Capacity of Parties

As a general proposition every person who is sui juris may appoint an agent for any purpose.  The general rule is that if acting in one’s own right and in one’s own behalf, the person may lawfully delegate to an agent.  However, by the express terms or necessary effect of the act, an authority which is conferred, or a duty which is created by statute may be required to be performed by the person only who is named as to demand a personal execution.  There should be an express enactment or necessary implication, which limits the common law right of any person who is sui juris to appoint an agent to act on one’s behalf[i].  The principal may be either a natural person or an artificial one[ii].

If a person is appointed a general agent, the principal is bound by his/her acts.  However, an agent constituted for a particular purpose and under a limited and circumscribed power cannot bind the principal by any act in which s/he exceeds his/her authority[iii].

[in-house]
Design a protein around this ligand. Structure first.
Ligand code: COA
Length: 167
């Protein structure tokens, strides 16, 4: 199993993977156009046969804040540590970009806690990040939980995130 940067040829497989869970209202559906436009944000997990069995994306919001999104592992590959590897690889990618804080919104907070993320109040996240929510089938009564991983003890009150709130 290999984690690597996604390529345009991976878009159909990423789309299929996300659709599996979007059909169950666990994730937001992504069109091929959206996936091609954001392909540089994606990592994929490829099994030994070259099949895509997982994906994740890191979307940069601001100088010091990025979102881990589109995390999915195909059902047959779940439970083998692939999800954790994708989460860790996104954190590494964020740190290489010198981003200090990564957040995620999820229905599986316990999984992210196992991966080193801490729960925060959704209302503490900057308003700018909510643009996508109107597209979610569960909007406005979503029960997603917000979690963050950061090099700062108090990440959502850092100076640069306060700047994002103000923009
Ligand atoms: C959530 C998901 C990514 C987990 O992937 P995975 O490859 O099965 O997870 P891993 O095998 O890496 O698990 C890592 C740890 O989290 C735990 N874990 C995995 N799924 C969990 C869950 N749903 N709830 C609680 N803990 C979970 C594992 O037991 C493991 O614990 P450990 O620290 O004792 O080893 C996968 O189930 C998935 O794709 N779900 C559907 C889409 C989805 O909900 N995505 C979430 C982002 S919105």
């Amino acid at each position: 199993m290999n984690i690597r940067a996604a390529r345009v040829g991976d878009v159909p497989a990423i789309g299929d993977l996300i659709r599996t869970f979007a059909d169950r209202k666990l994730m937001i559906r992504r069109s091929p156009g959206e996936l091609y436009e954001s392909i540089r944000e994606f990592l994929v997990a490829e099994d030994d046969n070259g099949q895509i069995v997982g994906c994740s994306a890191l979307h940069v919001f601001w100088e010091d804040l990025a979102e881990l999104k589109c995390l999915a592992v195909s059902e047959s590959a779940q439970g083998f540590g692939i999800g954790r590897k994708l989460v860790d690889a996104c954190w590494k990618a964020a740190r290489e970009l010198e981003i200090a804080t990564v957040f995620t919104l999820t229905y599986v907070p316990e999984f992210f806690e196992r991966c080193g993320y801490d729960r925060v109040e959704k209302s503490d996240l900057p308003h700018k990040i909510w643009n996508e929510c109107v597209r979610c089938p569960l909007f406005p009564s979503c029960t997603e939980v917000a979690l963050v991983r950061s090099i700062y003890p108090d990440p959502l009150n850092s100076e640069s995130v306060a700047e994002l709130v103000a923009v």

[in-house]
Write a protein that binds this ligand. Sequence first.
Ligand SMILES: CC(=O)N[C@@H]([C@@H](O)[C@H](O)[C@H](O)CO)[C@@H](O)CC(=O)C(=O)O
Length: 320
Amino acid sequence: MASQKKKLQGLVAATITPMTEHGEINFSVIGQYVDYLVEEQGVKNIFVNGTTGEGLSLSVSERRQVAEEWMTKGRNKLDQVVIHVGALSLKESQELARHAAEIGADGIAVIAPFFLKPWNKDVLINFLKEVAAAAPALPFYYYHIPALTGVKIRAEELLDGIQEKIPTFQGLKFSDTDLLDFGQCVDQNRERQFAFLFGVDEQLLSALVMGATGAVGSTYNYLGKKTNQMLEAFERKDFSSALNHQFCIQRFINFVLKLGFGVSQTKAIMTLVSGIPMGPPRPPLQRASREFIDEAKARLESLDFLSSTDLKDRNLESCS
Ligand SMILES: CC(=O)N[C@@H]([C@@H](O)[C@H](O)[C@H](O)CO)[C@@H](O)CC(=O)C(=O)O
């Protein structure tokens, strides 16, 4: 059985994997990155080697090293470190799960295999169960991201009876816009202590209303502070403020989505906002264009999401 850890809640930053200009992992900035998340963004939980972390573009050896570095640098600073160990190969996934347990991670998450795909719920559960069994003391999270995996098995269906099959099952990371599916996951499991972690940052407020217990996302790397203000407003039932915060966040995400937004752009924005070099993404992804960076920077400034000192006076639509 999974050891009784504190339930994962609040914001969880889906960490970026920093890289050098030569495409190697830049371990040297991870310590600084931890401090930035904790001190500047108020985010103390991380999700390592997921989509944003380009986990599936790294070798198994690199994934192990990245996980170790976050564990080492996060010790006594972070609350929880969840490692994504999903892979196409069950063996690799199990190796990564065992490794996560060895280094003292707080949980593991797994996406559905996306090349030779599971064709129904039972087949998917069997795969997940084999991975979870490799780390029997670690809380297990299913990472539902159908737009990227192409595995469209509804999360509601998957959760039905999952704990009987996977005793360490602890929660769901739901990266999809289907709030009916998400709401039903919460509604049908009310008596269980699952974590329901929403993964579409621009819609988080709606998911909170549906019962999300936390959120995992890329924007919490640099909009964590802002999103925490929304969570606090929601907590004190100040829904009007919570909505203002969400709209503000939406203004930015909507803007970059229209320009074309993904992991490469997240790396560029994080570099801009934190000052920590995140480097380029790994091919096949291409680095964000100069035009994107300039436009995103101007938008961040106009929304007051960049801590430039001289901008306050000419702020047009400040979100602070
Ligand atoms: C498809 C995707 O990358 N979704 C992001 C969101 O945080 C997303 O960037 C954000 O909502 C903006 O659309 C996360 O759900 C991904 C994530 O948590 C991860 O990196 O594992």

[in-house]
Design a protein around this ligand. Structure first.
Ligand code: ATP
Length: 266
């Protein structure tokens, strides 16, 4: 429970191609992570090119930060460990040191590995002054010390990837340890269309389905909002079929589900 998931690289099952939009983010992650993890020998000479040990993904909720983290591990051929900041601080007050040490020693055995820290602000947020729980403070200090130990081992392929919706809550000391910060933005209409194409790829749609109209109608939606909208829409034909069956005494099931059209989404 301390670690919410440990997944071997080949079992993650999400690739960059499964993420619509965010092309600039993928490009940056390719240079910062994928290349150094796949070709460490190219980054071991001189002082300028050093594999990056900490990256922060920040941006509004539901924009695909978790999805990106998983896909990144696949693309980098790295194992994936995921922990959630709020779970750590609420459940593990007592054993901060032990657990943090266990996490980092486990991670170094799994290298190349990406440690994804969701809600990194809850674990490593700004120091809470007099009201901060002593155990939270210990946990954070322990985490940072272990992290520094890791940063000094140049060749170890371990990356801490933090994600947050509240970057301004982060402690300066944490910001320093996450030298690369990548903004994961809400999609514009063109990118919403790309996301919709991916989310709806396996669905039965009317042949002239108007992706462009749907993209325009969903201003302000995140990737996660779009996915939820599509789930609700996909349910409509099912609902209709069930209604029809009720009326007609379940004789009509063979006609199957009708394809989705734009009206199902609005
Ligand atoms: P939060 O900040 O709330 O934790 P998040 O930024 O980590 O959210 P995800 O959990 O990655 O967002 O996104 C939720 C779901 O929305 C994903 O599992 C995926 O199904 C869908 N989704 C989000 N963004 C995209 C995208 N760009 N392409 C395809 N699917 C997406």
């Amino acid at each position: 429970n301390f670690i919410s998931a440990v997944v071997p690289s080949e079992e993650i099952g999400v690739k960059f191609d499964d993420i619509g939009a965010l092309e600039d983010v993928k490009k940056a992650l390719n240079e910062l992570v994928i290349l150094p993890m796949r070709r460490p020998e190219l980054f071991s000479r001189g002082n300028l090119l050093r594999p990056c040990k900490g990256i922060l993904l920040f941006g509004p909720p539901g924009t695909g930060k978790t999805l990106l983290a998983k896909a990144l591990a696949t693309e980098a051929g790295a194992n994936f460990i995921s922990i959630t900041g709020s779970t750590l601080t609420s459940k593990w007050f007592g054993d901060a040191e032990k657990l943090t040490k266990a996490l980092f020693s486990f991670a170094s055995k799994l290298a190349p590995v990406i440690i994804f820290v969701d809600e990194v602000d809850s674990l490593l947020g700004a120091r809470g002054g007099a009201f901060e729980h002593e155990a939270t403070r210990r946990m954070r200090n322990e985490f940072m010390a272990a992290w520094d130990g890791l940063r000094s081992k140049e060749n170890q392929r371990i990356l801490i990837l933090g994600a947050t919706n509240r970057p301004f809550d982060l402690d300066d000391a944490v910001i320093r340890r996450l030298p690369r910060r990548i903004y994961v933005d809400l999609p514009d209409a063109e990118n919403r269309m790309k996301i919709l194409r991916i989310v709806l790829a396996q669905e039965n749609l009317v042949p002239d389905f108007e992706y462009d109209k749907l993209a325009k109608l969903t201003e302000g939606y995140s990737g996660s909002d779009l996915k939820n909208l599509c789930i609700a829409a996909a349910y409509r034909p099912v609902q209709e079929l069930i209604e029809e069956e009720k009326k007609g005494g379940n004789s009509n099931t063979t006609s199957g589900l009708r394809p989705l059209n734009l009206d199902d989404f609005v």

When one knowingly and without dissent permits another to act as his/her agent, the capacity will be conclusively presumed.  The agent’s capacity to have rights or be subject to duties and liabilities is not necessary.  Moreover, the resulting relations between the principal and third persons are not affected by the fact that the agent would be incapable of affecting his/her own legal relations by the performance of an act done on his/her own account similar to that done for the principal[iv].

[i] State ex rel. Hansen v. Schall, 126 Conn. 536 (Conn. 1940)

[ii] Taylor v. Davis’ Adm’x, 110 U.S. 330 (U.S. 1884)

[iii] Kramer v. Blair, 88 Va. 456 (Va. 1891)

[iv]Cason v. Aetna Life Ins. Co., 91 Ga. App. 323 (Ga. Ct. App. 1954)

Inside Capacity of Parties